In a twist to a long-running saga, the Singapore Swimming Club yesterday won an appeal to get back $1.5 million in club funds that former president Freddie Koh used to defend a defamation suit against him.
In a written judgment, the Court of Appeal overturned a High Court decision last year, which rejected the club's bid to recover the money. The apex court ruled that the club was entitled to a refund on grounds that it had paid Mr Koh's legal bills under a mistaken belief, and that Mr Koh had breached his fiduciary duties to the club.
Mr Koh, 70, became club president in May 2008 and was ousted at an extraordinary general meeting in March 2012.
The case stemmed from a defamation suit brought against him in 2009 by four members of the previous committee.
Shortly after Mr Koh was sued, the management committee headed by him passed a resolution, stating that the club will assume liability for legal actions brought against office bearers as a result of them discharging their duties to the club.
Following this resolution, the club bore his legal costs.
In 2011, Mr Koh lost the defamation suit. The Court of Appeal found that he had made the defamatory remarks with malice and that he had been on a "witch hunt" against the plaintiffs. After this ruling, the club continued to pay his legal bills.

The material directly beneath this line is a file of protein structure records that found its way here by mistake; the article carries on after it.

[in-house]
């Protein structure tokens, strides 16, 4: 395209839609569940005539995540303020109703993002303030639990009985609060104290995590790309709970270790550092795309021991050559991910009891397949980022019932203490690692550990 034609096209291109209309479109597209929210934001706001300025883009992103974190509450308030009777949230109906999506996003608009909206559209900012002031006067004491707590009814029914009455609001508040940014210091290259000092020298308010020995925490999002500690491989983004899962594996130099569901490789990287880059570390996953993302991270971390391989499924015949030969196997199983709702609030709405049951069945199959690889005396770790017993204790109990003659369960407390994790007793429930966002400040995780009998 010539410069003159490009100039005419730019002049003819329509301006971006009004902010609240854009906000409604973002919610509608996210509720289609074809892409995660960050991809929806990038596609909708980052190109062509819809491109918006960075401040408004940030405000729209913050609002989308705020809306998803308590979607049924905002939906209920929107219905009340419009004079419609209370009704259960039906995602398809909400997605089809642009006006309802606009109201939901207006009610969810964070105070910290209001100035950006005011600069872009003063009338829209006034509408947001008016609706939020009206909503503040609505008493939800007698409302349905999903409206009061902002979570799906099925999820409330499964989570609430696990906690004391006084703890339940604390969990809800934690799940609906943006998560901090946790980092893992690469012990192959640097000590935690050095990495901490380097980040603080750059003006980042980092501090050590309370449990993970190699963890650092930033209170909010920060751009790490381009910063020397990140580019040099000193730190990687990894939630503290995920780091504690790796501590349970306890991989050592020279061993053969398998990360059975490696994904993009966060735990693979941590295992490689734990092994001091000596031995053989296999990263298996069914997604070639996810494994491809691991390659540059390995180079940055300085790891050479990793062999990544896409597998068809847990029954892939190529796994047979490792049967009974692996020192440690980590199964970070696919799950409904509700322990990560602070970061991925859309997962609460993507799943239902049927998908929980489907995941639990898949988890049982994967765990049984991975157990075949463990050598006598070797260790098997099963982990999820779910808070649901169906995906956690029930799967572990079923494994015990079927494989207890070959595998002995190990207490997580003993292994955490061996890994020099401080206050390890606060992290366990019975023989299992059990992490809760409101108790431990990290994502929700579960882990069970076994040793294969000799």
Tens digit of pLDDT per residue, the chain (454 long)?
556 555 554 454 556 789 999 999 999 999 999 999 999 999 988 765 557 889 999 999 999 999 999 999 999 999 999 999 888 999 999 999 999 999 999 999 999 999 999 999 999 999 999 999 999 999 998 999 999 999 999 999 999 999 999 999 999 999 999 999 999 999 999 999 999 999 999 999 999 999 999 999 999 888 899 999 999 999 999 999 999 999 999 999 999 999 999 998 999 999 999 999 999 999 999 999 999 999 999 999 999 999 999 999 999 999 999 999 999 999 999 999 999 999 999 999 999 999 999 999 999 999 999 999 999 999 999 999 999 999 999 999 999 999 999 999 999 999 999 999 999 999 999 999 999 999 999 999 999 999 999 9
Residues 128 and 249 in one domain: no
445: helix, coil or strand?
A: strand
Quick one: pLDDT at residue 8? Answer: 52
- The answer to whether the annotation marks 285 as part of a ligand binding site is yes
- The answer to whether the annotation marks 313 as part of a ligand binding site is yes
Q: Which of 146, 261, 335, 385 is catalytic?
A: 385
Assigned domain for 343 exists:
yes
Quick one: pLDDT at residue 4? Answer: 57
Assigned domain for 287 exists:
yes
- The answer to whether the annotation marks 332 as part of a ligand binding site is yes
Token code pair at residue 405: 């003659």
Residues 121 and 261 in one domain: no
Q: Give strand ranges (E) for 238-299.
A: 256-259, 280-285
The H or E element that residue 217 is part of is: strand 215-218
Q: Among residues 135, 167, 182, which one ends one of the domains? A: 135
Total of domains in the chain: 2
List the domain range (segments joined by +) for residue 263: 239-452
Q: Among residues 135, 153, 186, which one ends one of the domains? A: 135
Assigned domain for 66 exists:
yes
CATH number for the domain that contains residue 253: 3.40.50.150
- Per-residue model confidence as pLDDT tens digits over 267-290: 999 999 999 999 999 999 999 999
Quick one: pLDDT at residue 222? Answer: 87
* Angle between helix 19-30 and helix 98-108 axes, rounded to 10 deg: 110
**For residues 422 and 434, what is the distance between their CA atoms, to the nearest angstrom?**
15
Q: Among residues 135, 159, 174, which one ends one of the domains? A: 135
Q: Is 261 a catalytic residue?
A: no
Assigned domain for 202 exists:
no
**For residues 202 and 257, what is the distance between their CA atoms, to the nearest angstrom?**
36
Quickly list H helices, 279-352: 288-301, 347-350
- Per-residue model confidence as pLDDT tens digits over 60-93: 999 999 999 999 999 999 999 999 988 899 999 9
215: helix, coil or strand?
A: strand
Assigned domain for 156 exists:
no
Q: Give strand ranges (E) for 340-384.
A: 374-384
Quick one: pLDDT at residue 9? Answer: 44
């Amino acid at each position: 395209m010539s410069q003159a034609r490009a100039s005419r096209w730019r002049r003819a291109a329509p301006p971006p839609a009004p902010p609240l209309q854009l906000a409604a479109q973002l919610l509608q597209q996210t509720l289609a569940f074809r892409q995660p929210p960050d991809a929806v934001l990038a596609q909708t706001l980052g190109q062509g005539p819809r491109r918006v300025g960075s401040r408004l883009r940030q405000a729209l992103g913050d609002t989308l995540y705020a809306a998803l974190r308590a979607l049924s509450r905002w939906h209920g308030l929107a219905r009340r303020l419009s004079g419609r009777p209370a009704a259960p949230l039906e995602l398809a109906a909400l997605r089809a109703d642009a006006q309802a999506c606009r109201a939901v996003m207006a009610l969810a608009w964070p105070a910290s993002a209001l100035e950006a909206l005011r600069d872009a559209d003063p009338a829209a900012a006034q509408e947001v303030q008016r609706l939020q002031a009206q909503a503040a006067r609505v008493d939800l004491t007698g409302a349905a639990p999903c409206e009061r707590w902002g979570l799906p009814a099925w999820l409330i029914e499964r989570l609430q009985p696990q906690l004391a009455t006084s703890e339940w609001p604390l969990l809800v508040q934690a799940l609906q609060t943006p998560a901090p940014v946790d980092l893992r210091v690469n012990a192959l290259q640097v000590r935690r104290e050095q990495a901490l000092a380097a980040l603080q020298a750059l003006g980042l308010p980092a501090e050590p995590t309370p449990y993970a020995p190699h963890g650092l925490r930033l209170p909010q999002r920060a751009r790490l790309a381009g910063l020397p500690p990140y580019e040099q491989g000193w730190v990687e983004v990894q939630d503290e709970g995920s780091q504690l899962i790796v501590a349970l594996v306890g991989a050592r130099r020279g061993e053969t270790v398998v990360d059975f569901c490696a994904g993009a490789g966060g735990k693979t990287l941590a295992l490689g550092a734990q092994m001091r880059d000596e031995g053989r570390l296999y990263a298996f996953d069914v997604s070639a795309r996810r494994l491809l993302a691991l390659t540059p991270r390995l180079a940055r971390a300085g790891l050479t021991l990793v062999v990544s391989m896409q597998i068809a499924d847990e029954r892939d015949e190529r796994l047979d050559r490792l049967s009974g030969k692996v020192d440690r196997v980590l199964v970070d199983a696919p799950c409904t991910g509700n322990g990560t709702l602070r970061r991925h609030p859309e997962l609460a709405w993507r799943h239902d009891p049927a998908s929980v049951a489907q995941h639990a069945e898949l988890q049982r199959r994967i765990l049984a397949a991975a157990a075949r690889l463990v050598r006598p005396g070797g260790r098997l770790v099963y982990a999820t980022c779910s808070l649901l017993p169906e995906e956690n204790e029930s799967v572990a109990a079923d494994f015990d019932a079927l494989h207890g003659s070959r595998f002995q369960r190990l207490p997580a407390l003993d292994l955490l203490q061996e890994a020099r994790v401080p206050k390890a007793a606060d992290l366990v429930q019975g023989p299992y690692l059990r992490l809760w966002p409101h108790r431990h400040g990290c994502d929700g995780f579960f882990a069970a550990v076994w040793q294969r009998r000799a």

In March 2012, club members voted to remove Mr Koh, to recover the legal costs paid for him and to stop further payment. He then sued the club, arguing that it has to indemnify him for the costs.
The club, represented by Senior Counsel Tan Chee Meng, countersued him for the return of the money it had paid for his legal costs.
The High Court dismissed both claims in 2014. The club appealed.
In its 68-page judgment yesterday, the apex court accepted Mr Tan's arguments that, prior to the 2011 defamation judgment, the club had paid Mr Koh's bills under a mistaken belief that he was sued as a result of him discharging his duties to the club.The payments after the defamation judgment were not made under this mistake.
But the court noted that after the defamation ruling, Mr Koh continued to hand over invoices to the club's treasurer and financial controller for payments to be made.
This was despite the fact that the question of whether his legal costs were still covered under the resolution had arisen by then.
"In our view, no responsible president of a club, in such a situation, should have done so," said the court, finding that he had acted to further his own interests rather than that of the club.